It was interesting to see the battle from the perspective of one of the few high ranking officers who survived. The insightful thoughts about how and why the Japanese fought a war of attrition, as opposed to a suicide charge was laid out for the reader. A great read for those looking to balance out what they know from most American leaning sources.
I see this as an essential book for someone who wants to know about the Battle of Okinawa, as it is one of the few books available that tells the story of the battle from the side if the Japanese. The edition with a few notes of commentary written by one of Col. Yahara's interregators is even more interesting, as it allows an instant look back and forth between what the Japanese saw and thought and what the Americans were doing in the other side if the Shuri Line. Yahara's progressive (for a Colonel in the Japanese military) viewpoint on things is very interesting, and he writes very beautifully. That being said, it is a lot of detail about troop movements and the like, so this would not be a good first introduction into the Battle. And what is it about WWII books with few or only very rudimentary maps? Strange.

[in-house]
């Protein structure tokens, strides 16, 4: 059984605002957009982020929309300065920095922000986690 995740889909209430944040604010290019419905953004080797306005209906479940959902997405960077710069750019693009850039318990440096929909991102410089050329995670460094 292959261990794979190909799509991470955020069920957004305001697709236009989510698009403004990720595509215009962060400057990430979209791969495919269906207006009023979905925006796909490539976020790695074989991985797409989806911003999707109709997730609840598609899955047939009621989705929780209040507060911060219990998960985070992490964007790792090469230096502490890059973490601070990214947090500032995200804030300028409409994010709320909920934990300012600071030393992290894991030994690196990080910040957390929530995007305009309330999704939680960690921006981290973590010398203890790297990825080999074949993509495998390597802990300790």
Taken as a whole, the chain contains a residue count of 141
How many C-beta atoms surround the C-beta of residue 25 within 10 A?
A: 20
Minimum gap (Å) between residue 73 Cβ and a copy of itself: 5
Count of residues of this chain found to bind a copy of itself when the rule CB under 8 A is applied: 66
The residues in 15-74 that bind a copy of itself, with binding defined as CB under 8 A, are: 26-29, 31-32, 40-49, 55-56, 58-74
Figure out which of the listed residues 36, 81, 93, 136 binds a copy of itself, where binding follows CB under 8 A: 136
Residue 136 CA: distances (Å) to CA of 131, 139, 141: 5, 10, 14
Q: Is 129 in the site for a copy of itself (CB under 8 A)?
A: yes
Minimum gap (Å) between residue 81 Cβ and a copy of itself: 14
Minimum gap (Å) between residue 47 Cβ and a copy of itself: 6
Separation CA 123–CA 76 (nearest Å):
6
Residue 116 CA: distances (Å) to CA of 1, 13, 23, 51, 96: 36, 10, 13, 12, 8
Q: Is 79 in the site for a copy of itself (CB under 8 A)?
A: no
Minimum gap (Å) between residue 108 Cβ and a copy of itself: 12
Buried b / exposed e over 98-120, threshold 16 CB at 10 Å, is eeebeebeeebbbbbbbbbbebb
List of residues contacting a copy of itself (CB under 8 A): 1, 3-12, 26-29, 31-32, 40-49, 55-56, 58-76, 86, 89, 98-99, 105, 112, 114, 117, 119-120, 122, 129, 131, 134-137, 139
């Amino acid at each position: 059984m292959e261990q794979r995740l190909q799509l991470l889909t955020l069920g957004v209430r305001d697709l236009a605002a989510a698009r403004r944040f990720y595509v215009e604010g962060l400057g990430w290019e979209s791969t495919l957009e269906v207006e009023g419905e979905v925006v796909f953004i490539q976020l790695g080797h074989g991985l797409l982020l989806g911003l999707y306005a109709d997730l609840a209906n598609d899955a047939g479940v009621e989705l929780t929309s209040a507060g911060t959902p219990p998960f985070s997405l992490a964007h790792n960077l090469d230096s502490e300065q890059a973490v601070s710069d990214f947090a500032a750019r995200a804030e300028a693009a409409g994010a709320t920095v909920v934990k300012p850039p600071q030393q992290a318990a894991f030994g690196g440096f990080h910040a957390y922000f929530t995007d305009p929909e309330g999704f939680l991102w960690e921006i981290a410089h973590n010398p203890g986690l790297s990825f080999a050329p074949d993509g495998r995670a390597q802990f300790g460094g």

Always interesting to read about a war from the other side, this one is written by the Japanese Operations Officer (equivalent to a J-3 or G-3 for the US). My only complaint is the lack of readable maps. This book could be much better simply by adding numerous maps to help the reader follow the various troop movements and locations of defensive positions. Several maps were included that were so badly printed and had such miniscule type that even with a magnifying glass I couldn't even make out what they were attempting to portray.
This book provides a fascinating insight into the Japanese mindset, however it is very sanitized and lacks the visceral horror that E B Sledge provides in his classic "With the old breed: at Peleliu and Okinawa", thus I only gave it 4 stars
A really intriguing account of the battle for Okinawa from the point of view of one of the main Japanese Army officers. Having just been to Okinawa and seeing some of the very locations mentioned in the book really made this come alive for me. I'll be reading more books on that crucial battle.
Great reviews on the book jacket raised my hopes, but in the end it is short on details, long on commentary, and too much Imperial Army back-stabbing decades after the war.
It provided a greater understanding by examining both sides